29 of 34 people found the following review helpful
Remember the Iconoclast, Not the Icon,
This review is from: The Tillman Story (DVD)
Amir Bar-Lev's film "The Tillman Story" contributes to the restoration of Pat Tillman's legacy by honoring the man, not the myth. The iconoclast, not the icon. As his mother said, "Pat would have wanted to be remembered as an individual, not as a stock figure or political prop. Pat was a real hero, not what they used him as."
Amir Bar-Lev, the film's director, tells three stories that interweave together throughout his film: a biography of Pat Tillman (growing up, playing in the NFL, joining the Army Rangers with his brother Kevin after 9/11), how he was killed in Afghanistan in 2004 and his friendly-fire death covered up by the Army, and his family's battle to learn the truth after smokescreens were thrown in their face by the highest levels of the Army and government (both Republicans and Democrats).
"The Tillman Story" is an apt title. The film follows the outline of Mary Tillman's memoir "Boots on the Ground by Dusk," many of the interviews are with members of the Tillman family (mother, father, brother, and wife) and the film is centered around their experiences in the aftermath of Pat Tillman's death. The Tillman's are a loyal, close-knit family that displays much more honor and integrity than their country's leadership.
The film uses nicely selected & edited news clips and interviews that portray an iconoclastic Pat Tillman not widely known to the public - a fiercely independent thinker, an avid reader, and critic of the Iraq war ("...this war is so ----ing illegal"). Pat was a remarkable man who was driven by a core of honesty and integrity, led by personal example, and lived his life intensely.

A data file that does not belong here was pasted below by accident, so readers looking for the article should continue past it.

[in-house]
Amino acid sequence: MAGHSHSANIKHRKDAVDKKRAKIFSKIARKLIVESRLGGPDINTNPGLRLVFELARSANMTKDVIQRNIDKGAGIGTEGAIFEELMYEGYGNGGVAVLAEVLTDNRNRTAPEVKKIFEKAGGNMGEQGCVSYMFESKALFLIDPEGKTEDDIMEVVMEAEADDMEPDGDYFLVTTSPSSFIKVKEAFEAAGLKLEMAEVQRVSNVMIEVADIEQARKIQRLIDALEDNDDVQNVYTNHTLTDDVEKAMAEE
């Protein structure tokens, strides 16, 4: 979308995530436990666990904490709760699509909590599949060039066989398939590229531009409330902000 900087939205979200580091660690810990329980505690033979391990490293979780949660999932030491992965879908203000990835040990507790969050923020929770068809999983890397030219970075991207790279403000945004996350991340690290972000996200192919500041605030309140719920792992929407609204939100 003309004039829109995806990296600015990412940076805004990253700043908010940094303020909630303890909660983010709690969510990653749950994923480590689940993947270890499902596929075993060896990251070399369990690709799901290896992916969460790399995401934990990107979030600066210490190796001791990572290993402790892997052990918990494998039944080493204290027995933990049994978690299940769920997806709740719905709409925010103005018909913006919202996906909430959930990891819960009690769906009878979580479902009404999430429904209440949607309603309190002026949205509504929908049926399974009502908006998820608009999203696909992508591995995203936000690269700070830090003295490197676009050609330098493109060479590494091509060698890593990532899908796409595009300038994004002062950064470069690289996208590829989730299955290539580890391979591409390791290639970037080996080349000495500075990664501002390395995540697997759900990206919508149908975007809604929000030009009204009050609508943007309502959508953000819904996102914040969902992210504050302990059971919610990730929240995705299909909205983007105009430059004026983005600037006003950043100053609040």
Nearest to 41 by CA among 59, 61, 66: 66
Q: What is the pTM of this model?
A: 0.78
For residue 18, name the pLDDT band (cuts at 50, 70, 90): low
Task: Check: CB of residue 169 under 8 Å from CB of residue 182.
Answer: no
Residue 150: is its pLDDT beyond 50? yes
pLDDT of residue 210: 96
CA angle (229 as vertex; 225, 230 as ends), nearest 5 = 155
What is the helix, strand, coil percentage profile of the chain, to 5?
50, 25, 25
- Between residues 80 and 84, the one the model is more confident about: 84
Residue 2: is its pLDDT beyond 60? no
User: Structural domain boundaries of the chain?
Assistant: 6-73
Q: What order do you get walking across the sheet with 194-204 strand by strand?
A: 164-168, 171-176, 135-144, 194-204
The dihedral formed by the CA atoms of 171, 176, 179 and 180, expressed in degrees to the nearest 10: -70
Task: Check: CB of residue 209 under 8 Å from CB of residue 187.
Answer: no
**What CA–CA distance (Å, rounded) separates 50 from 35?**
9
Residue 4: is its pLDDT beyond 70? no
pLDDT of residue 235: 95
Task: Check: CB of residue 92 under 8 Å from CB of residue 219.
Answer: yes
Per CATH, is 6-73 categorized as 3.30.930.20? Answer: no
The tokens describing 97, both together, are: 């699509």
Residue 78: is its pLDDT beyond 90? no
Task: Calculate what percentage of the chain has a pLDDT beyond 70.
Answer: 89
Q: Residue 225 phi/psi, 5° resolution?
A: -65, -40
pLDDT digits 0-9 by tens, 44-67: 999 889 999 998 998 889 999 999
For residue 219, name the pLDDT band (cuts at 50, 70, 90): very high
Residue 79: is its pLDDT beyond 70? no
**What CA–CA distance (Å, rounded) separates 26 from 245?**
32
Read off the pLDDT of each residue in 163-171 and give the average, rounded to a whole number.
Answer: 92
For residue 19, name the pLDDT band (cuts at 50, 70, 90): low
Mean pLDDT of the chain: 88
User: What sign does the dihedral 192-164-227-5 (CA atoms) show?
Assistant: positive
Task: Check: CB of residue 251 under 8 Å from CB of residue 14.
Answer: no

See the film. Nearly everything most people think they know about Pat Tillman, his family, and the story is wrong. And the film has more humor and laughs than you would expect, especially if you don't mind a few f-bombs; the original title of the film was "I'm Pat ----ing Tillman!" which fits better in some respects: those were Pat Tillman's last words, the Tillman family drops F-bombs where appropriate (or not) and it suggests that Pat Tillman was more complex than his iconic image. The beginning and end of the film, with Pat just looking at the camera was especially poignant for me.
In 2005, I was angered that the truth about Pat's life and death had been buried by the media and government. Tillman was enshrined as an icon while the man fell by the wayside, his family used as props at his funeral for war propaganda. Pat's family still don't have the meager consolation of knowing the full truth about his death. "The truth may be painful, but it's the truth," his mother said. "If you feel you're being lied to, you can never put it to rest."
I hope the Oscar judges are also moved by "The Tillman Story". It would be great if the film was awarded Best Documentary (or at least placed in the final five on 1/25/11). Except for "Restrepo", I haven't yet seen the other Oscar contenders. Perhaps "The Tillman Story" is not technically the "best" documentary of the bunch, but I believe it tells the best, most compelling story.